Nursing: Pros And Cons Of A Registered Nurse

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Mary A. Osborne, a registered nurse said, “Nursing is a rewarding profession that can provide life-long job satisfaction and job security” (Jones 8). A registered nurse (RN) teaches their patients and the public all sorts of different health conditions and practices. They also give tips to the patients’ families and friends on how to support them physically and emotionally (Bureau 1). Registered nurses are employed in many places such as hospitals, schools, offices, homes, military services, and in nursing homes (Minnesota 1). Often in time, RNs don 't work by themselves, they work apart of a team that includes doctors, therapists, of course the patient, and generally their families (Minnesota 1-2). To be successful
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Some of the cons to being an RN is some of the dangers, such as being exposed to infections and disease on a daily basis (Minnesota 1). Plus, they spend a long period of time on their feet, so they are prone to back and knee injuries (American 2). Although while being an RN generally have a set schedule each week. Some work full time, or part time, but most work an average of 40 hours a week, they may work nights, weekends, and even holidays (Minnesota 1). There are also pros to being an RN such as helping the patient and their families during a rough time, while helping the patients and their families the nurses may not be able to have time to think of themselves and their own needs, which can often in times get upsetting. Another downside to being a registered nurse is seeing people dying, but having to stay positive (Minnesota…show more content…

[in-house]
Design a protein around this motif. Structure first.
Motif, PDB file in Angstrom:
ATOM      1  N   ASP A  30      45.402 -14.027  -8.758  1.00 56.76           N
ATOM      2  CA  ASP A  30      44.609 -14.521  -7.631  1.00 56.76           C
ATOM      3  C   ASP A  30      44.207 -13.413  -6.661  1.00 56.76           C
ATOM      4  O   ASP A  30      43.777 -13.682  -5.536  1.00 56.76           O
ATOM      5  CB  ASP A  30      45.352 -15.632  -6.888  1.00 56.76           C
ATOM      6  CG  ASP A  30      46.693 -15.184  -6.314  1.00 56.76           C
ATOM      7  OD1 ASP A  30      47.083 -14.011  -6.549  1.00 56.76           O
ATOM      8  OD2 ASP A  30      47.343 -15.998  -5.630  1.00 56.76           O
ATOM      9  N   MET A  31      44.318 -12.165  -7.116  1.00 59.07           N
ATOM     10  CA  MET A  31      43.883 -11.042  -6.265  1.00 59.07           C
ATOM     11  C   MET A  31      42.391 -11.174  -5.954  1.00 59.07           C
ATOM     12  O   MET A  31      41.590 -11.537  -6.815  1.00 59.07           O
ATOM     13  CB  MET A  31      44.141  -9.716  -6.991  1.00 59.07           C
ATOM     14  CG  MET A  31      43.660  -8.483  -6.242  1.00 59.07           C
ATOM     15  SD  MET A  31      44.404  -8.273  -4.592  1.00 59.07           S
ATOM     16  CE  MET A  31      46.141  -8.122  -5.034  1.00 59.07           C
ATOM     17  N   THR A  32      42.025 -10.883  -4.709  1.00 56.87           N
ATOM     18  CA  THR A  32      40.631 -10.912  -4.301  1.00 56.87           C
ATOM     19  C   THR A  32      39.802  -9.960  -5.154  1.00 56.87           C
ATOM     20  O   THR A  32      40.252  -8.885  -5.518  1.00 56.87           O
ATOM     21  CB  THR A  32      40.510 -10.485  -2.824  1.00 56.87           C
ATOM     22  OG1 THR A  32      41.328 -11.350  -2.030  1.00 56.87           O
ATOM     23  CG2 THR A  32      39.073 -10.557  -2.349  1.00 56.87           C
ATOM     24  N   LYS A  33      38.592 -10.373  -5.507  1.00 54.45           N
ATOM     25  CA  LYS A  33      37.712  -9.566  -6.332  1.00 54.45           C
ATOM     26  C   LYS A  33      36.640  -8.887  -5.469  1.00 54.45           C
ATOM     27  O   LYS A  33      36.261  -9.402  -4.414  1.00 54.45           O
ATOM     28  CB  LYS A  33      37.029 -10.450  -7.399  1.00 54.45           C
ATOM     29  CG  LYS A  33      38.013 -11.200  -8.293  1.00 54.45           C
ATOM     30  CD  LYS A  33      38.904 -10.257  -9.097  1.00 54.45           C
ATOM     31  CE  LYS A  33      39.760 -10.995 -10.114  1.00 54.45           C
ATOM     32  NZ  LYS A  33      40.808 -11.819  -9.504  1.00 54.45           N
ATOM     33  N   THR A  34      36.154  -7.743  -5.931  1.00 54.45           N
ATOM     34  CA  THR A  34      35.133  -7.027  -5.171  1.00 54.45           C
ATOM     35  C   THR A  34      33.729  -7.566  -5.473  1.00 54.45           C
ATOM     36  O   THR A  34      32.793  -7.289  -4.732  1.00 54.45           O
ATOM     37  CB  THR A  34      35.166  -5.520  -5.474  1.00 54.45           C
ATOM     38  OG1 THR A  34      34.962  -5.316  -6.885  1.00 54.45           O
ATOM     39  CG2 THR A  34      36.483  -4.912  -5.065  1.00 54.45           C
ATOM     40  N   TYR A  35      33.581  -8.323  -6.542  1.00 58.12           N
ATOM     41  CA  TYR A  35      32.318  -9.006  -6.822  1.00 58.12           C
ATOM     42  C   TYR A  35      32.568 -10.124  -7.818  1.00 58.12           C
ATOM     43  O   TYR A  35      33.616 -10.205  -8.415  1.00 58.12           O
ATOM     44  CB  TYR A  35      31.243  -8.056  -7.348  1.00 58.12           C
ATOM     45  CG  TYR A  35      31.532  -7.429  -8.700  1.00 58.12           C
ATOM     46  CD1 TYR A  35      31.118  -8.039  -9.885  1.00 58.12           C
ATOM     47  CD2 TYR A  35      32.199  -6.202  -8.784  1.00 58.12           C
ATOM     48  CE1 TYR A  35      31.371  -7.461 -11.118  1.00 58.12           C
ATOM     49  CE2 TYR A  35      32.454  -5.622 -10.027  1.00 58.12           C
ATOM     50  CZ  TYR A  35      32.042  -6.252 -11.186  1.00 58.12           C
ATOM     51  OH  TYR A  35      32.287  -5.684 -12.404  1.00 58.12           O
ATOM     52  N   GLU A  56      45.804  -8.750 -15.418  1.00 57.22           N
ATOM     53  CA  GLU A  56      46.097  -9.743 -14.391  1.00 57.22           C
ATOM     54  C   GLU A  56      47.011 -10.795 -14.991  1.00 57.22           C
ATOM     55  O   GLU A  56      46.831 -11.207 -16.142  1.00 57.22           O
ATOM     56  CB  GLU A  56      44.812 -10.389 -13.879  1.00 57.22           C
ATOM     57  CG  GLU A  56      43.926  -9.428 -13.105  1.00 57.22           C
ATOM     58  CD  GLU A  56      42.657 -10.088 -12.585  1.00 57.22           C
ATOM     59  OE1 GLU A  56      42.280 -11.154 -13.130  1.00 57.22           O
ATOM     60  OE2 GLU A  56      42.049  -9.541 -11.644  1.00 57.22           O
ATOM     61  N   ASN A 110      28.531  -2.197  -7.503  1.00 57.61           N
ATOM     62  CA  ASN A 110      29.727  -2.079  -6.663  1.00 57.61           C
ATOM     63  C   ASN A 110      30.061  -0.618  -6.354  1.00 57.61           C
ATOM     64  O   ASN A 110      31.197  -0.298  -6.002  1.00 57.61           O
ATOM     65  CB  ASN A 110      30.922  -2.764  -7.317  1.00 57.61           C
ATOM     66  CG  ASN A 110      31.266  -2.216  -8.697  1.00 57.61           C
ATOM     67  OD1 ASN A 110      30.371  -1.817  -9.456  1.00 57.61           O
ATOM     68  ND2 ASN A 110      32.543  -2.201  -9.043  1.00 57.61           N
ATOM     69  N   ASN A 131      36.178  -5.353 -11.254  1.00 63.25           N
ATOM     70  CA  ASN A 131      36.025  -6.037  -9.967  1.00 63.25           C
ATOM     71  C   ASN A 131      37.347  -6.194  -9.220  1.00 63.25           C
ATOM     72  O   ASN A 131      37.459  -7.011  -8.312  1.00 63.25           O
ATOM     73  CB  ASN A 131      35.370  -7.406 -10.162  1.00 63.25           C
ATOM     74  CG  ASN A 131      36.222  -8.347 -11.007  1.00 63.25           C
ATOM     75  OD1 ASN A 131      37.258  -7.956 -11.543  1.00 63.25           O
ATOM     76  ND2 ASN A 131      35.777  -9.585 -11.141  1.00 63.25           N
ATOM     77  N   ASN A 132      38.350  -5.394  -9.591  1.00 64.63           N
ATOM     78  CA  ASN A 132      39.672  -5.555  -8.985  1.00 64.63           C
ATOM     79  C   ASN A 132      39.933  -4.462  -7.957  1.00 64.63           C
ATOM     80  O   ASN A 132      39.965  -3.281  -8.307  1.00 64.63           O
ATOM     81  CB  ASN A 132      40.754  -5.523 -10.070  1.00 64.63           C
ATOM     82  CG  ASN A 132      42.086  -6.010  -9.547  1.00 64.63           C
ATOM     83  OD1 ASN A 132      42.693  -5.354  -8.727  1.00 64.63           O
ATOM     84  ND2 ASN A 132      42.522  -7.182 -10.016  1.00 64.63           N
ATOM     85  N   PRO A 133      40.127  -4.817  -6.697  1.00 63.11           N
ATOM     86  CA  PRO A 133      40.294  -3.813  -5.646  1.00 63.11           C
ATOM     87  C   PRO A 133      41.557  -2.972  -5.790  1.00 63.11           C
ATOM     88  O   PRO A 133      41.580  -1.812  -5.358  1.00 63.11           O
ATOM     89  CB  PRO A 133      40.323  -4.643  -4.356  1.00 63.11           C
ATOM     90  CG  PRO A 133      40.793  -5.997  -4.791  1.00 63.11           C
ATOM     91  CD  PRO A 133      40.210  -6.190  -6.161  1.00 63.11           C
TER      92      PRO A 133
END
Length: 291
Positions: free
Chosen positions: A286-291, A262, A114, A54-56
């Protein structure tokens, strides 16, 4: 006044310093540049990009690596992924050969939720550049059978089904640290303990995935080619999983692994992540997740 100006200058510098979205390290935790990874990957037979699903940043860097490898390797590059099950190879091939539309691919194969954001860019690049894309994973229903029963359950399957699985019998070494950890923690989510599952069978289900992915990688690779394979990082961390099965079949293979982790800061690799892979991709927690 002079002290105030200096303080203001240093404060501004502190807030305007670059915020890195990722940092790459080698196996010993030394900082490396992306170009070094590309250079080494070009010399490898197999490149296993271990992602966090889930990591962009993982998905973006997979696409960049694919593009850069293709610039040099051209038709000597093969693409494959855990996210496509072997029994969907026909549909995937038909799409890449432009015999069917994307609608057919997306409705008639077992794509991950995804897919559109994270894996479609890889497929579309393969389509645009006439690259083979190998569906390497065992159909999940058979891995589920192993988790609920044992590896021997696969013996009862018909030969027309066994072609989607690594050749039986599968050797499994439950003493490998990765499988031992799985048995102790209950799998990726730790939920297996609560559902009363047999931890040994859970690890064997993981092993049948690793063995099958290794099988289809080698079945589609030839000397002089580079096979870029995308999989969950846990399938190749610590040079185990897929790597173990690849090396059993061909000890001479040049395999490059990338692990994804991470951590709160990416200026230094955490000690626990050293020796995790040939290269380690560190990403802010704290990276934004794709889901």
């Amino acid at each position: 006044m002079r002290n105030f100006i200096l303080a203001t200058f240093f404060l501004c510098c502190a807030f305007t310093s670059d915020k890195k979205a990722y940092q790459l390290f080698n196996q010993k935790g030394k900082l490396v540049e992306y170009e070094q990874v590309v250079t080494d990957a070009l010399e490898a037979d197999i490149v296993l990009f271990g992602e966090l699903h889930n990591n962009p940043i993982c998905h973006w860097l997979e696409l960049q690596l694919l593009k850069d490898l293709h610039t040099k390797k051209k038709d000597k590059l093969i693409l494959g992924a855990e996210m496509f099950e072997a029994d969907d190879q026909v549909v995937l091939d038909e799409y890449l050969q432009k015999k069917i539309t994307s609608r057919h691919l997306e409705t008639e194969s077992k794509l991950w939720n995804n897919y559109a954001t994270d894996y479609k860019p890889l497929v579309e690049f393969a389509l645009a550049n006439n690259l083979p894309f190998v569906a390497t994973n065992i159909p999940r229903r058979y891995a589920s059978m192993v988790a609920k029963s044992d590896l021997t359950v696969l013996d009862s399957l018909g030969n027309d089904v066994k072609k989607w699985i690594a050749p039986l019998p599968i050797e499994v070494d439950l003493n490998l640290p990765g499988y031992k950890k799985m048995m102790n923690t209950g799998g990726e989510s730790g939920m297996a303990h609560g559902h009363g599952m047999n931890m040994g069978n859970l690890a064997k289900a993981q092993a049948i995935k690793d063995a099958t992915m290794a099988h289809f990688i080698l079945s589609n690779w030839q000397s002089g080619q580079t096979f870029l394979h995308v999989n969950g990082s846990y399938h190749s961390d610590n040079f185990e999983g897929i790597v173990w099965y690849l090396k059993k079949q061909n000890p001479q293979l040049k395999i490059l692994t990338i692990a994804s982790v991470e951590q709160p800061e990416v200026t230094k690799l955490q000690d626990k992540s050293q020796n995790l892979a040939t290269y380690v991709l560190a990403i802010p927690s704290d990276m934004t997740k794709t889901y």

Whichever path one chooses to take, they must have a bachelor 's degree and obtain a nursing license. To get a nursing license in the first place, one must graduate from an approved nursing program plus one must pass the National Council Licensure Examination. Generally students will take classes in anatomy, chemistry, nutrition and a few others while they 're in school (Bureau5). Along with becoming an RN, one would typically land a lower (but still good) job, because the employers know how advancement works. If one were to show that they have experience, work well, and continue to further their education they will generally be promoted up a position with more responsibilities, and sometimes better pay (Bureau 6). Many suggest to further one 's education as new equipment, technology, and illnesses are discovered. Upcoming RNs should register to complete the NCLEX-RN examination, which is an online test with about 120 questions, there 's only a passing rate of 70-75% (Jones

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